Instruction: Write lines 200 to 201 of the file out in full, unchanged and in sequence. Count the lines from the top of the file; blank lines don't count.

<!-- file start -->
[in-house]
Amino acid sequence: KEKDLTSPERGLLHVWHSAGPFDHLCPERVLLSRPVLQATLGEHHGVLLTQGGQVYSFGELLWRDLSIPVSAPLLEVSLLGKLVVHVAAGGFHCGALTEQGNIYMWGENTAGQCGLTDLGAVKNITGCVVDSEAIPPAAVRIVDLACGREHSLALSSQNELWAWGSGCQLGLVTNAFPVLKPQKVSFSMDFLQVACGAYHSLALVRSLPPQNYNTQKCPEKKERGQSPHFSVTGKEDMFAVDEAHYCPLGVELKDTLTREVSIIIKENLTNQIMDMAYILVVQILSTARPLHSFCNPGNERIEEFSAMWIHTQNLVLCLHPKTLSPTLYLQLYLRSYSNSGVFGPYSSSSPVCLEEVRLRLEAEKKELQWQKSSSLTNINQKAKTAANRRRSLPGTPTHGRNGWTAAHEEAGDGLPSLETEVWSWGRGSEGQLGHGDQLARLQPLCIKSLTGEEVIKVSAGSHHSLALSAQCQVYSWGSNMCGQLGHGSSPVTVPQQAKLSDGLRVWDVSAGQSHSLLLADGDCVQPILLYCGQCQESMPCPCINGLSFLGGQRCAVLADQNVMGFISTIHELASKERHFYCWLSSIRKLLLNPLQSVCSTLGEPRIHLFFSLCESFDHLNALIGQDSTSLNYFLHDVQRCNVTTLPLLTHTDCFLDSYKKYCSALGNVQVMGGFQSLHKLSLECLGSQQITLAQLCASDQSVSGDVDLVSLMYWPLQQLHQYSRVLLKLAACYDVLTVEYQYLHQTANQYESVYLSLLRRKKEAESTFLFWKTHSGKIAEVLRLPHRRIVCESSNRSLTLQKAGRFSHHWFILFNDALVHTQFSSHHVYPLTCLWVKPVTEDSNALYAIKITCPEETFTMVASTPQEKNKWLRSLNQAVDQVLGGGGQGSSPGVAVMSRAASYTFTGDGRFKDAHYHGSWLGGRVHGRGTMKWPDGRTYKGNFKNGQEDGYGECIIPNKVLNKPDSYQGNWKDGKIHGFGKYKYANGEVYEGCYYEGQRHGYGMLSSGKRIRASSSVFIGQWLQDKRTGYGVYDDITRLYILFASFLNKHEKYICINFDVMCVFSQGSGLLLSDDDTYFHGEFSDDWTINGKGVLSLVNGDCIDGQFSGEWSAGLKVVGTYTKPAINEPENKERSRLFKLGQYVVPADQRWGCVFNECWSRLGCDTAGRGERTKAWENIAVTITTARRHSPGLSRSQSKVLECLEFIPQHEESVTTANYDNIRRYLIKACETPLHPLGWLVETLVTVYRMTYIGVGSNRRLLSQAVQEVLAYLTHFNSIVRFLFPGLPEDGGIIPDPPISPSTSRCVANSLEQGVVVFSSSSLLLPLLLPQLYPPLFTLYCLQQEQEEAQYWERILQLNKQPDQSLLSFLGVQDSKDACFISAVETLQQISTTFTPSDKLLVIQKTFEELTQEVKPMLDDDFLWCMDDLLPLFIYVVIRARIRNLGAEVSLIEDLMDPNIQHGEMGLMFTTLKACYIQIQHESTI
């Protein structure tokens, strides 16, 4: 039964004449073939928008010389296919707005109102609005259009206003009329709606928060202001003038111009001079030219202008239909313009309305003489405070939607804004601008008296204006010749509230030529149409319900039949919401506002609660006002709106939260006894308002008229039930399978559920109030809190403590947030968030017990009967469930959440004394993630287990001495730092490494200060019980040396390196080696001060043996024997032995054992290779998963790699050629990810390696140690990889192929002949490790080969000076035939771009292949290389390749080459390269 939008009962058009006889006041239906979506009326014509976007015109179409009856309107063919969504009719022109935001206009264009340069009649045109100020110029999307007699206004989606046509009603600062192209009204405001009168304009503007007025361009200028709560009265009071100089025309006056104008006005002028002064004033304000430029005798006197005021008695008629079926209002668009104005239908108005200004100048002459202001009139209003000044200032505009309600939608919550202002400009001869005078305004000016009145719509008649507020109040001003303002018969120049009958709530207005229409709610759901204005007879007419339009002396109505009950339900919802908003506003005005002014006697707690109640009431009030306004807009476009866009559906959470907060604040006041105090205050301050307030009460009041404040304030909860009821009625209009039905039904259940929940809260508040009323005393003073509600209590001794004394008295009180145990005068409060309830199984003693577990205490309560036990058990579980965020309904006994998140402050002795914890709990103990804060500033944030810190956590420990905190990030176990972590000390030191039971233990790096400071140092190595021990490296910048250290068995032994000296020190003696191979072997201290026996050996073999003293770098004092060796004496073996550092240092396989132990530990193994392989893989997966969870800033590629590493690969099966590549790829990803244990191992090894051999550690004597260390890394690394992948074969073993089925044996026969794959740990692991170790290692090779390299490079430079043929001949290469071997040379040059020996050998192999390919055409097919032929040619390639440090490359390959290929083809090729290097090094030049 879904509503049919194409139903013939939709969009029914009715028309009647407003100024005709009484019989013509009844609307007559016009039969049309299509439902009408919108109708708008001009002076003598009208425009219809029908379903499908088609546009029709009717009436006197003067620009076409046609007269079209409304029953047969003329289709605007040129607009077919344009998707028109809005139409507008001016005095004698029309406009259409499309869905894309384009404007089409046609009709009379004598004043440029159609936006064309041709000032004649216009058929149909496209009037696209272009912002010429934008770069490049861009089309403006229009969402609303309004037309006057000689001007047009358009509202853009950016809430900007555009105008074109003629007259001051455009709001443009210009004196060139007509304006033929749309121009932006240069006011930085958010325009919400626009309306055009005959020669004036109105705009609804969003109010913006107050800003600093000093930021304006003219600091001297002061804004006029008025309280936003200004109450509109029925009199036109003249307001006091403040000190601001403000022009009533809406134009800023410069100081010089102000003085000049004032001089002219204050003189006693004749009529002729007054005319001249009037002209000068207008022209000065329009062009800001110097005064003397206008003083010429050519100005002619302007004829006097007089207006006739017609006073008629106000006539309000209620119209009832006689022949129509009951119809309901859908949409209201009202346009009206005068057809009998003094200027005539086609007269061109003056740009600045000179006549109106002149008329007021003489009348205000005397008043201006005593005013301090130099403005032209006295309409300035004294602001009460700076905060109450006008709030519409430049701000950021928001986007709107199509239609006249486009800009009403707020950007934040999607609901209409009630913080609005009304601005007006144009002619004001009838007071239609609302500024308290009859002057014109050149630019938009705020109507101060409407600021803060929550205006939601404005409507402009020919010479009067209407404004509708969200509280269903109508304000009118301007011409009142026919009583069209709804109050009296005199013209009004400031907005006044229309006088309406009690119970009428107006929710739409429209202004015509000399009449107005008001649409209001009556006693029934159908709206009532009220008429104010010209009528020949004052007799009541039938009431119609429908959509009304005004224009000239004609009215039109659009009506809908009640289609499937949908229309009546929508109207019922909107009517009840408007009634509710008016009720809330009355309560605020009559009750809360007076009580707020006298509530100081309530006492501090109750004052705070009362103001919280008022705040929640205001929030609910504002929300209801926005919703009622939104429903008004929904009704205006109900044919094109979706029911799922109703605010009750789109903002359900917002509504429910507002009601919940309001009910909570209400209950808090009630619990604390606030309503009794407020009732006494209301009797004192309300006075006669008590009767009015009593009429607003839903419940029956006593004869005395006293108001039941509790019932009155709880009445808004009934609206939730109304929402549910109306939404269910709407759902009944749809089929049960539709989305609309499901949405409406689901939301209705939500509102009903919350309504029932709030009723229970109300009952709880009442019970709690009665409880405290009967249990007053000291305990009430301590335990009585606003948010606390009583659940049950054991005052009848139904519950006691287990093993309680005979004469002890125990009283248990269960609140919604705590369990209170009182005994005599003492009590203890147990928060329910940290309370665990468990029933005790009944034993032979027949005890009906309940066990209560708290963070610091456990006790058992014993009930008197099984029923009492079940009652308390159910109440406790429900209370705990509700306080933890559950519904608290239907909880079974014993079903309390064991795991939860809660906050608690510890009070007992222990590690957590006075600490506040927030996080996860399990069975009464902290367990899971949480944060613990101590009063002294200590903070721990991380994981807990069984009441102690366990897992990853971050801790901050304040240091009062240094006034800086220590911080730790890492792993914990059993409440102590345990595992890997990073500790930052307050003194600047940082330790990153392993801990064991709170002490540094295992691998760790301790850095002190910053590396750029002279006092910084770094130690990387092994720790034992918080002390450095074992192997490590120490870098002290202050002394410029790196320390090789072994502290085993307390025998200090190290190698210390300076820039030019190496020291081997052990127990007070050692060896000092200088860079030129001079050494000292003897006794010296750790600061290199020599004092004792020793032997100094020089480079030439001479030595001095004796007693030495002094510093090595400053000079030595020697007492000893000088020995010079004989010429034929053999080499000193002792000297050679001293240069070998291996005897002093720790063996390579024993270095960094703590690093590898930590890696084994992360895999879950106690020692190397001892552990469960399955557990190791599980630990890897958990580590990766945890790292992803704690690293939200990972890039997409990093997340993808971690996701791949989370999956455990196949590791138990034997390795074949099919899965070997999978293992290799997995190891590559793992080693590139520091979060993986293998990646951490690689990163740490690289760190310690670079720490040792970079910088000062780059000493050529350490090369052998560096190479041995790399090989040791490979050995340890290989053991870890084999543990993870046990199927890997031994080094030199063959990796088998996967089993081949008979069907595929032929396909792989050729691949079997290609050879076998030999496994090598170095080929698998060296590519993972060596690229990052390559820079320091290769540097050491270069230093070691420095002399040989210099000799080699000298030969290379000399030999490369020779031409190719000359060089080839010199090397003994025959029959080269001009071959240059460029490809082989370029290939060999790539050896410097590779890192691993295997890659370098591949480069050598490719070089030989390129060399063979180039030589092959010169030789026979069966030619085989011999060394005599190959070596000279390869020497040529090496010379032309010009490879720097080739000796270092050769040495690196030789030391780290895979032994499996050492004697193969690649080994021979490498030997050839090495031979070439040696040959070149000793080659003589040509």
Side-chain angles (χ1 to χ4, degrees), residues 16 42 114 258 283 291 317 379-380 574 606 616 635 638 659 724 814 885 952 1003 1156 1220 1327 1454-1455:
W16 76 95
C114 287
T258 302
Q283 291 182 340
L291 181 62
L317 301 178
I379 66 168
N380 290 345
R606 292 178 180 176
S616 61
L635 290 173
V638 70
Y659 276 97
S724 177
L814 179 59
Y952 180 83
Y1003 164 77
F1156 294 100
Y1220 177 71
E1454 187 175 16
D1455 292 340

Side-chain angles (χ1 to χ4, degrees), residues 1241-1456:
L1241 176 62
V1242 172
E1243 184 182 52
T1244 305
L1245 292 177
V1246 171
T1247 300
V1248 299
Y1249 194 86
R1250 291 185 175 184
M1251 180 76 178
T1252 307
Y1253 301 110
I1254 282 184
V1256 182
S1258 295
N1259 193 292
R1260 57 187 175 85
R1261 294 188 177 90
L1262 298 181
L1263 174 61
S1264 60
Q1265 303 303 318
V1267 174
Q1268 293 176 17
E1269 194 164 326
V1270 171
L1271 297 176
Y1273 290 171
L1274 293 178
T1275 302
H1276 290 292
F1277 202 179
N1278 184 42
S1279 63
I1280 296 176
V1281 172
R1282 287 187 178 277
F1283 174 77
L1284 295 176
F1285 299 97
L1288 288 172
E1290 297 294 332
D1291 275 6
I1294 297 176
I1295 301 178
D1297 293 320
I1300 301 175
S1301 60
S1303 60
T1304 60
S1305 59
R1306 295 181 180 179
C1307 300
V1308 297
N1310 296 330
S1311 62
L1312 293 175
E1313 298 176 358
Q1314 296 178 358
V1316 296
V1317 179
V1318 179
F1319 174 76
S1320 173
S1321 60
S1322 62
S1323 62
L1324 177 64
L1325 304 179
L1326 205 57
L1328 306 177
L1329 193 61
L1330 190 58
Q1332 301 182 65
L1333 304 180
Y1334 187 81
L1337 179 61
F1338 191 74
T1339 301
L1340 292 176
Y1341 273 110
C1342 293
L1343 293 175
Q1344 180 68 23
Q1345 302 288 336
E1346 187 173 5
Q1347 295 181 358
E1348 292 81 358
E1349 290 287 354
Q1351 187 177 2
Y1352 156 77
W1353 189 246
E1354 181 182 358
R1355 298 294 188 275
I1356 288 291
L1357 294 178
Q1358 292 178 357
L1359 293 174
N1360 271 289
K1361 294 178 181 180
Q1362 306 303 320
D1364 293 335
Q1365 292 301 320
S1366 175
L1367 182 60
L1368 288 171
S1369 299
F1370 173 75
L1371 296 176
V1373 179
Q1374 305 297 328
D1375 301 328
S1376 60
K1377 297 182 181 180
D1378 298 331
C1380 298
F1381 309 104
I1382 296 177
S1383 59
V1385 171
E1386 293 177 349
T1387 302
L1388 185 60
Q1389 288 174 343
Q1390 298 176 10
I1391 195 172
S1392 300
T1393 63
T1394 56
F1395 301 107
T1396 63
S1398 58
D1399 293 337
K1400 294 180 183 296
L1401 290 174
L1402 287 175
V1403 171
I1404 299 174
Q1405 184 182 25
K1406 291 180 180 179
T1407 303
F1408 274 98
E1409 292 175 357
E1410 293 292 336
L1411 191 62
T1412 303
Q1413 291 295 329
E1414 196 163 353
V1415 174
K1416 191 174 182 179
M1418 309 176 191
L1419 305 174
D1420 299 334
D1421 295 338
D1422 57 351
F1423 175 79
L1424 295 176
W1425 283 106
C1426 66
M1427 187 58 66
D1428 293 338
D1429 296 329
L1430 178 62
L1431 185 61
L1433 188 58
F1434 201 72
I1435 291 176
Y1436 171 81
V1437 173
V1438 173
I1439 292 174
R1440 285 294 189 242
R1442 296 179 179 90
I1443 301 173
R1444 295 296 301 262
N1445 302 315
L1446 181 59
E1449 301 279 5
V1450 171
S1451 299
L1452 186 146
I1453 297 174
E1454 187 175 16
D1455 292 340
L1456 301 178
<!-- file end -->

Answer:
R1442 296 179 179 90
I1443 301 173